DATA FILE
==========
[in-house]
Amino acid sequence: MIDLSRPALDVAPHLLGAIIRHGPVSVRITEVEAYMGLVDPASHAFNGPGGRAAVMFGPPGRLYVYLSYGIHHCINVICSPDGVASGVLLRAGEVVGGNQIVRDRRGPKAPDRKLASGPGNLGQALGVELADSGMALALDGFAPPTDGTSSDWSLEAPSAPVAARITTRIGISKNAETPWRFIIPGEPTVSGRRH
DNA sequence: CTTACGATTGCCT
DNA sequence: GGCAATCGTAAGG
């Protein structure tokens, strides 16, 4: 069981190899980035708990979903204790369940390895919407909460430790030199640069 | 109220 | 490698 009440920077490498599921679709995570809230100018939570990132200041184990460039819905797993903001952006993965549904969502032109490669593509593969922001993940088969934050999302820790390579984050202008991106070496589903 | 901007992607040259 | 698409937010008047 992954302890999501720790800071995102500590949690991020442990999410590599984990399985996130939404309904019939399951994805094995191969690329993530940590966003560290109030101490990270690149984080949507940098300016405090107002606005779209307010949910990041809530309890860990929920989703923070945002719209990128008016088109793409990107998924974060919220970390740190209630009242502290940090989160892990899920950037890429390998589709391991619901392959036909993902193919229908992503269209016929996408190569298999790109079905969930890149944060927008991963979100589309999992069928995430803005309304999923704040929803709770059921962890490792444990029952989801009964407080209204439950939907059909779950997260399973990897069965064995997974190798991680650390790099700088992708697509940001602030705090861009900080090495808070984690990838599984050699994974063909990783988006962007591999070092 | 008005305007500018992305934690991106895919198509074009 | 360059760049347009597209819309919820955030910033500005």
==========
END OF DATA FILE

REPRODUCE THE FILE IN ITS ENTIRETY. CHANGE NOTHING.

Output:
[in-house]
Amino acid sequence: MIDLSRPALDVAPHLLGAIIRHGPVSVRITEVEAYMGLVDPASHAFNGPGGRAAVMFGPPGRLYVYLSYGIHHCINVICSPDGVASGVLLRAGEVVGGNQIVRDRRGPKAPDRKLASGPGNLGQALGVELADSGMALALDGFAPPTDGTSSDWSLEAPSAPVAARITTRIGISKNAETPWRFIIPGEPTVSGRRH
DNA sequence: CTTACGATTGCCT
DNA sequence: GGCAATCGTAAGG
């Protein structure tokens, strides 16, 4: 069981190899980035708990979903204790369940390895919407909460430790030199640069 | 109220 | 490698 009440920077490498599921679709995570809230100018939570990132200041184990460039819905797993903001952006993965549904969502032109490669593509593969922001993940088969934050999302820790390579984050202008991106070496589903 | 901007992607040259 | 698409937010008047 992954302890999501720790800071995102500590949690991020442990999410590599984990399985996130939404309904019939399951994805094995191969690329993530940590966003560290109030101490990270690149984080949507940098300016405090107002606005779209307010949910990041809530309890860990929920989703923070945002719209990128008016088109793409990107998924974060919220970390740190209630009242502290940090989160892990899920950037890429390998589709391991619901392959036909993902193919229908992503269209016929996408190569298999790109079905969930890149944060927008991963979100589309999992069928995430803005309304999923704040929803709770059921962890490792444990029952989801009964407080209204439950939907059909779950997260399973990897069965064995997974190798991680650390790099700088992708697509940001602030705090861009900080090495808070984690990838599984050699994974063909990783988006962007591999070092 | 008005305007500018992305934690991106895919198509074009 | 360059760049347009597209819309919820955030910033500005």